“When people think of working in the translation and interpreting industry, they tend to think of the kind of thing they see on the news, people sitting in a box in a court room or some long-winded conference looking half asleep. But the fact is, some really interesting people and businesses who have to travel a lot need our help – they can’t just go around smiling at people but saying nothing, or shouting in English or speaking very slowly, hoping to communicate,” she said.

“People like the Dalai Lama and the Pope for example all need interpreters and our translators and interpreters can choose to specialise in different areas which they feel are the most interesting to them,” Clare added.

Work Clare’s interpreters have been involved in include interpreting at the International Woolmark Prize – a fashion competition for Woolmark at London Fashion Week, where judges included the likes of Donatella Versace, Diane Von Fürstenberg, Victoria Beckham and Franca Sozzani, editor-in-chief of Vogue Italia and L’Uomo Vogue; as well as writing a letter in Braille to music legend, Stevie Wonder and interpreting for German heavy metal band, Rammstein.
Clare set up Atlas Translations after studying for a degree in Spanish and Linguistics, prompted by her passion for language and her belief in the power of good communications.
She said: “It’s vital that even the most uncommon languages are represented today as we live in such a multicultural, cosmopolitan world and we have to be able to communicate.

“People underestimate how important communication is, it’s vital to the working of the business world, for people to be able to contribute, live well and to have their voices heard.”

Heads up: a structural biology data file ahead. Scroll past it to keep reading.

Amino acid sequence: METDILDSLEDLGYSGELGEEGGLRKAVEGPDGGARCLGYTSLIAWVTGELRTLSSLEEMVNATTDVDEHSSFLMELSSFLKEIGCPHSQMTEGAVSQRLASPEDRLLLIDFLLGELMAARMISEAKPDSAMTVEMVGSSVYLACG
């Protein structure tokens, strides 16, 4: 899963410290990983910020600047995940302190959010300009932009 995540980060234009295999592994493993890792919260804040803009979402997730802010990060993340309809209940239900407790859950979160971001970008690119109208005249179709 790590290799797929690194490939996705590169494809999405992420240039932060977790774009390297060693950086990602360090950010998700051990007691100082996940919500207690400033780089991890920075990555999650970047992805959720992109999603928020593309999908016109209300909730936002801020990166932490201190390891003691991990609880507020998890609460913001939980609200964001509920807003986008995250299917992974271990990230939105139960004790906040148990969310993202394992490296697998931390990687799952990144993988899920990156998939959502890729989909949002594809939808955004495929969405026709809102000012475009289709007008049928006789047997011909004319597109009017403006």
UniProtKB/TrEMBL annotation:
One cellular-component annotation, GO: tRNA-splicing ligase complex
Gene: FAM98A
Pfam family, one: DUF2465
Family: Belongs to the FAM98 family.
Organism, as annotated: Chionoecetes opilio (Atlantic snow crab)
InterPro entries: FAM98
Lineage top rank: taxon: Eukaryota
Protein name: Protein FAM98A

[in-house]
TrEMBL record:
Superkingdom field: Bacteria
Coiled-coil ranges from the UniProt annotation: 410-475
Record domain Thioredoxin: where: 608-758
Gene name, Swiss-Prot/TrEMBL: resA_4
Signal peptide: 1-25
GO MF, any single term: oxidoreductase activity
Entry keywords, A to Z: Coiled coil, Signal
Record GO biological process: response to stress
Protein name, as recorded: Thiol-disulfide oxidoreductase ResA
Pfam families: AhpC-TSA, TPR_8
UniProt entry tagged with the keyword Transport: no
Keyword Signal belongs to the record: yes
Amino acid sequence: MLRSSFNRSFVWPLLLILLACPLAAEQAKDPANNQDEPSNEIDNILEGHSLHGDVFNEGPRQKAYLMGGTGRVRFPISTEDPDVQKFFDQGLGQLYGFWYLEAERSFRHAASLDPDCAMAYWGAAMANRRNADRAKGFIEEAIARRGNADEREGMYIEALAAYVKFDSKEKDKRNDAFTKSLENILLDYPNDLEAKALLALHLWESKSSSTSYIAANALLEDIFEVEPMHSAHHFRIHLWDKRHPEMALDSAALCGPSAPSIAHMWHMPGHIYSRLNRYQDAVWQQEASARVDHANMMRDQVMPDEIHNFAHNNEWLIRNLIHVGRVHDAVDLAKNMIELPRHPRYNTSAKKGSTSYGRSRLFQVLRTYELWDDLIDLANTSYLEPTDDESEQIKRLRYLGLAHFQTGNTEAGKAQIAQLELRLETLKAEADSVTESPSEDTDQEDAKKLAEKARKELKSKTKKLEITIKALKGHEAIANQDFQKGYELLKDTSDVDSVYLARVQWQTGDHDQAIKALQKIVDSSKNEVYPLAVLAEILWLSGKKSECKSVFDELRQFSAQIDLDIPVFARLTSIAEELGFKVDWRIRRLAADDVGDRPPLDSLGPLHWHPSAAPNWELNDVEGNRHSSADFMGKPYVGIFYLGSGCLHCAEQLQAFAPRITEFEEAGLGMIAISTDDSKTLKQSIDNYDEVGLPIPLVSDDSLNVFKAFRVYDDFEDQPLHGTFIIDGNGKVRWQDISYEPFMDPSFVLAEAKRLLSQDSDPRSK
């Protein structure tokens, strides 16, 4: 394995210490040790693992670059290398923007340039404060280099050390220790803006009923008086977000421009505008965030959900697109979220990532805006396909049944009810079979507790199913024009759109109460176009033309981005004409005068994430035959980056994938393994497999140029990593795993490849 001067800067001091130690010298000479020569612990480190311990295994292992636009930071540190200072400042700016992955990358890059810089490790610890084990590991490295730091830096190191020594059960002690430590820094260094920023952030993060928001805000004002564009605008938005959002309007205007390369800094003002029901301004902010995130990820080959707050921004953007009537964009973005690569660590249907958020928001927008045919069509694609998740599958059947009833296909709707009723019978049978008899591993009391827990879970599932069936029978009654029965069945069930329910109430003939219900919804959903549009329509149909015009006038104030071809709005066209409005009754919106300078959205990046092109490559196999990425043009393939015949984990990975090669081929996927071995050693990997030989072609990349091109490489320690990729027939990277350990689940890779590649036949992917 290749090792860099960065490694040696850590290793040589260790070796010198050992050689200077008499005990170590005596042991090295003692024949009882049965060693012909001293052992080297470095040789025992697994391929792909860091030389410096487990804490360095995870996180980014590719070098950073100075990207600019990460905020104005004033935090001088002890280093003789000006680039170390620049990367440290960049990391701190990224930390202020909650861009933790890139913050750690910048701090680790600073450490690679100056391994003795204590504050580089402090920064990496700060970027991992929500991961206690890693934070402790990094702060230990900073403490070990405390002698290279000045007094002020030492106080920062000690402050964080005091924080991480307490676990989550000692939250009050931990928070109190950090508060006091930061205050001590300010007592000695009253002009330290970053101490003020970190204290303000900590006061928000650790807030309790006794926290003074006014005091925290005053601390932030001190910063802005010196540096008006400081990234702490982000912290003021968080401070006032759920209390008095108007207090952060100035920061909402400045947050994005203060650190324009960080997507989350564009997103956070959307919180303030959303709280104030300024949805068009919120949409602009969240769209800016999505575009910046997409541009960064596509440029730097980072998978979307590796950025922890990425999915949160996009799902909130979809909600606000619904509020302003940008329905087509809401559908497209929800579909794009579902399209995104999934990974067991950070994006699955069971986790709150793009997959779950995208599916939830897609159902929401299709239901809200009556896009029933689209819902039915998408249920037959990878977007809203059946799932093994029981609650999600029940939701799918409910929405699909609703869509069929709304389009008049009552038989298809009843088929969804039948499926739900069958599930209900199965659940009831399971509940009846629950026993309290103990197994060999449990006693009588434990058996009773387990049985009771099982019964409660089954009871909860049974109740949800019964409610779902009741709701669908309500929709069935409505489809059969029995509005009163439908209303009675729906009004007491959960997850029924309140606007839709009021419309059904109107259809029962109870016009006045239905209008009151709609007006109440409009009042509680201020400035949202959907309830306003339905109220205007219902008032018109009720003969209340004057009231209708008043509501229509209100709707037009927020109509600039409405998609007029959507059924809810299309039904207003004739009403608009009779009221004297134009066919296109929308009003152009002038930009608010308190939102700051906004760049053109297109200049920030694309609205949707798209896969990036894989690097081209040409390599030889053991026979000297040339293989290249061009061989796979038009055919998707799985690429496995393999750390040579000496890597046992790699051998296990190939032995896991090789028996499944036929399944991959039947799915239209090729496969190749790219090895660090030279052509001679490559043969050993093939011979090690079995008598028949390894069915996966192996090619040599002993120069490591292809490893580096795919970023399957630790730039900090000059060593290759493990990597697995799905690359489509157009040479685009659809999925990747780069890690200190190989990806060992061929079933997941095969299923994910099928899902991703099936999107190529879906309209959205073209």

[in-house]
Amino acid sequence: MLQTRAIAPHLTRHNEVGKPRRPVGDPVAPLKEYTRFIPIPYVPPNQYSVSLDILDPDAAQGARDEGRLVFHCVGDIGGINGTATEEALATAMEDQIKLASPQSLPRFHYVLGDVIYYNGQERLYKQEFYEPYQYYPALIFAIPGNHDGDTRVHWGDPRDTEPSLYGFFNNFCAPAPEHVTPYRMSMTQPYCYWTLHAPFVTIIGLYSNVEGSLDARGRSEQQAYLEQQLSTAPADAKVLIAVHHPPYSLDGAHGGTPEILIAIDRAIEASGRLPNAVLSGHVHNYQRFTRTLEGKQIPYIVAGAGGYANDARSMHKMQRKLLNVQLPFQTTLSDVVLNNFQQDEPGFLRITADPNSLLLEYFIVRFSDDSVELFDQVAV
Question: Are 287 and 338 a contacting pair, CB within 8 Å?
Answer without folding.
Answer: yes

Atlas Translations helped out with projects at last year’s London 2012 Olympics, as well as avoiding problems at the Doha Asian Games by providing 24-hour interpreting services.
“There’s a vast array of areas where translations and interpreters are needed. We work with people appearing in court, those needing medical or financial advice; the translation of children’s books, visitor guides and even poems on the underground,” added Clare.

And as signing and Braille are also officially recognised UK languages, Atlas Translations can help with services for the deaf, the hard of hearing, and the blind and partially-sighted.

The business provides a 24- hour telephone interpreting service for anyone needing to communicate abroad, including students, gap year travellers, holiday makers and businesses.
Clare also sits on the Board of the Institute of Translation and Interpreting and with the fourth International Translation Day approaching, on September 30th, her office manager, Anna Davies, will be representing the company.

Ros Schwartz, Chair of English PEN’s Writers in Translation Committee, is also on the organising committee of ITD and has been involved in the planning.
She said: “ITD is important because it brings together everyone involved in literary translation, from emerging translators to the old hands, publishers, editors, translator associations, journalists, bloggers, funders, booksellers, librarians – everyone interested in promoting literature in translation. It is an opportunity to address the challenges and develop ideas. And the benefit for those outside the industry – i.e. readers – is more and better translated literature out there. “

Public Relations by The Laura Berrill Agency, St Albans, Hertfordshire

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Why PR agencies should publicise their actual results

Public Relations is all about results

So why then, when I regularly check what other regional and nearby agencies are up to, do I mostly find that their websites never actually show what they have achieved for their clients in media coverage?

I update my coverage on a regular basis, because, funnily enough, that is what the client is after – coverage, exposure, media recognition. Simple really.